The 10 commandments of offshore investing
[Estimated time to read: 3 minutes]
Expats everywhere are being scammed; cheated out of their hard earned savings.
They’re being tricked by those they think they can trust most with their money – their international financial adviser.
Every expat around the world knows a friend, or a friend of a friend, who has fallen victim to this crime – and yet we all keep falling for it!!
I’m sure you think you’ve heard it all before, that it won’t happen to you, or that your adviser “is different”. Well let’s be clear, everyone who’s ever fallen into their tried and tested trap, thought exactly the same.
Luckily, there are 10 golden rules to live by, the ten commandments of financial advice, so that none of us will ever be fooled again:
1. Don’t buy offshore bonds.
Unless you’re sure they’re right for you. It’s unlikely you’ll need them. Unethical advisers may use them to hide commission.
2. Don’t mix-up insurance with investments.
If this sounds confusing, or you aren't sure of the difference, just remember not to mix them up! Buy insurance for your car, home, travel and health. Not your international investments.
3. Think very hard before buying structured products.
They often exist to hide vast commissions for the salesperson and the company they work for.
4. Think very hard before buying very long term contractual savings plans.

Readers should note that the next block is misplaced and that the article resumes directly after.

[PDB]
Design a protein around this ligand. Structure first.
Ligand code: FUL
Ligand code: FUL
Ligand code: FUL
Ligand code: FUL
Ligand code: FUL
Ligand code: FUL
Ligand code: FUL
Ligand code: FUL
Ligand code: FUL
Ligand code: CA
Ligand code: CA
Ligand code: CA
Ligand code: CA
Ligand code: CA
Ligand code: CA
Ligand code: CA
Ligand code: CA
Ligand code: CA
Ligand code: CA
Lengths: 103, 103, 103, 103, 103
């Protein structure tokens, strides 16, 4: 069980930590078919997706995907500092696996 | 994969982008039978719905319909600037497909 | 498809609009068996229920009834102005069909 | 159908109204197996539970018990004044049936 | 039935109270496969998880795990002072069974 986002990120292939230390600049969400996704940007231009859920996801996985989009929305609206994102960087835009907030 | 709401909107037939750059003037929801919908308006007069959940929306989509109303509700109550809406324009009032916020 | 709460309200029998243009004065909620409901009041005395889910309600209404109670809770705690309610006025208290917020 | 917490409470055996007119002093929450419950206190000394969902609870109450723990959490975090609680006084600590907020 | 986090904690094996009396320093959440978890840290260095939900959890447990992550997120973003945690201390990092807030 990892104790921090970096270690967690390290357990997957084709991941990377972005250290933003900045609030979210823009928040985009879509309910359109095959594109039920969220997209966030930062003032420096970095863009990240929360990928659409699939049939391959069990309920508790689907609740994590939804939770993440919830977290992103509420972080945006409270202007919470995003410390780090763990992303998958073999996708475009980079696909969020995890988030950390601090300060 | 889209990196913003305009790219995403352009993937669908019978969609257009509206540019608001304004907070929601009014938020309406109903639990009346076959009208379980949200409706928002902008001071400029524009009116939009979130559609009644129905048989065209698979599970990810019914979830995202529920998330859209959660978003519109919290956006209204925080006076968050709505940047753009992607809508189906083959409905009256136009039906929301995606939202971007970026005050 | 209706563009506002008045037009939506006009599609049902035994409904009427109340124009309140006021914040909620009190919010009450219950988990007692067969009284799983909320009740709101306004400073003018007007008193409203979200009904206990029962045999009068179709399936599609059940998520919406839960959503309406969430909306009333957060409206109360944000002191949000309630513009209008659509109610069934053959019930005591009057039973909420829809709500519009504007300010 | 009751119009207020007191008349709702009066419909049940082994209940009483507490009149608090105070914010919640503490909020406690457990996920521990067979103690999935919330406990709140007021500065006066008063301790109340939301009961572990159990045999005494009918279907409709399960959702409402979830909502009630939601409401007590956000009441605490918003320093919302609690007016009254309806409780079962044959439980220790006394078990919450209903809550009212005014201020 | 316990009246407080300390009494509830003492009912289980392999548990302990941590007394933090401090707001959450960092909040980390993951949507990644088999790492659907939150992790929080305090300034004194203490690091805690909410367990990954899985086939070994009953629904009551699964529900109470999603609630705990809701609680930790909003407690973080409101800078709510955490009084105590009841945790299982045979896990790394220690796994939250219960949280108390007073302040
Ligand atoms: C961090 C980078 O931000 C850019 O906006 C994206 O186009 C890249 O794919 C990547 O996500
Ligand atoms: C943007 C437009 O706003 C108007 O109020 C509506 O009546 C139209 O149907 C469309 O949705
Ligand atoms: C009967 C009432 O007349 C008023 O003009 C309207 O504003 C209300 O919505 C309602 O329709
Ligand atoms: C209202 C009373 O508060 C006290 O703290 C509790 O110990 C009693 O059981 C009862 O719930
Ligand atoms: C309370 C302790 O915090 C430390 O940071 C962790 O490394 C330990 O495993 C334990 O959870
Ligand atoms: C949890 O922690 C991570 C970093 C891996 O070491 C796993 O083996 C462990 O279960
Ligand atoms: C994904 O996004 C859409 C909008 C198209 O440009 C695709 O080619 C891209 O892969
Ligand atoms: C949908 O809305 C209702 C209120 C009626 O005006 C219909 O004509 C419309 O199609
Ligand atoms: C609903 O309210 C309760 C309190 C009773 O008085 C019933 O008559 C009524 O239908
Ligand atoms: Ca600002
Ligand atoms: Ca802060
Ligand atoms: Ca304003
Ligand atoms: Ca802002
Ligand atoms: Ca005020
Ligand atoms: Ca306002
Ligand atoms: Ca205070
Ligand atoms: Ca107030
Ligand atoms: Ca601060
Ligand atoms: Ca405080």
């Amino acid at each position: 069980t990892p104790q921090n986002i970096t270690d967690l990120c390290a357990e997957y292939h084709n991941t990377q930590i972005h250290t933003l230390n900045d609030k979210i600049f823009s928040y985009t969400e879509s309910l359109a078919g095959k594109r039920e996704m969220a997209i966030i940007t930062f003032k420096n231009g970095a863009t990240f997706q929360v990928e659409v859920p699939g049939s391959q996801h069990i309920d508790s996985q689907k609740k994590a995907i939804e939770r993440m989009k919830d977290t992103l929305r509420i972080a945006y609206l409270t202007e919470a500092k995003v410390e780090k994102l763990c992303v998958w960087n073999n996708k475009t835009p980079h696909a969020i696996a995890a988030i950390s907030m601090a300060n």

These can be completely unnecessary and lock you in to inflexible (and often inappropriate) expensive investments.
5. Only invest in stuff that you have researched online.
And that you GENUINELY understand. Weirdly, most people do more research on their next holiday than on their investments.
6. Transferring your pension might not be right.
If you have a good pension arrangement at home and you may return there, it’s often a VERY bad and expensive idea to switch it into an offshore pension.
7. Don’t, under any circumstances, leave the investment stuff to your spouse alone.
You'll both be devastated when you realise the damage caused by a financial salesperson. Sadly, by the time you work it out, he'll have disappeared.
8. Don't believe anyone who says there is no fee.
If someone tells you they're doing something for no fee – for example, the charges are paid by the product provider – they're often lying.
9. Only take advice from those with qualifications.
And who work for a regulated firm (not one based offshore with a posh-sounding name). Whom you can (hopefully) sue if they steal from you. Most expat jurisdictions have minimal, if any, legal protections for investors.
10. Own your decisions.
Investing is really easy, and can be very cheap. Don’t let someone make it harder, or pricier, than it has to be, particularly if they are doing so for their benefit and at your expense.
If there are two things to take away it is this:
- If it doesn’t make sense to you, don't do it.
- If it doesn’t match your time frame, don’t do it. (see point 4 above).
I'd add one more. If your adviser turns up to a meeting with a big flashy watch and a big flashy car, tell them to go away.
Please don’t become the next story someone tells their friends about over brunch. If you’re not sure, then ask.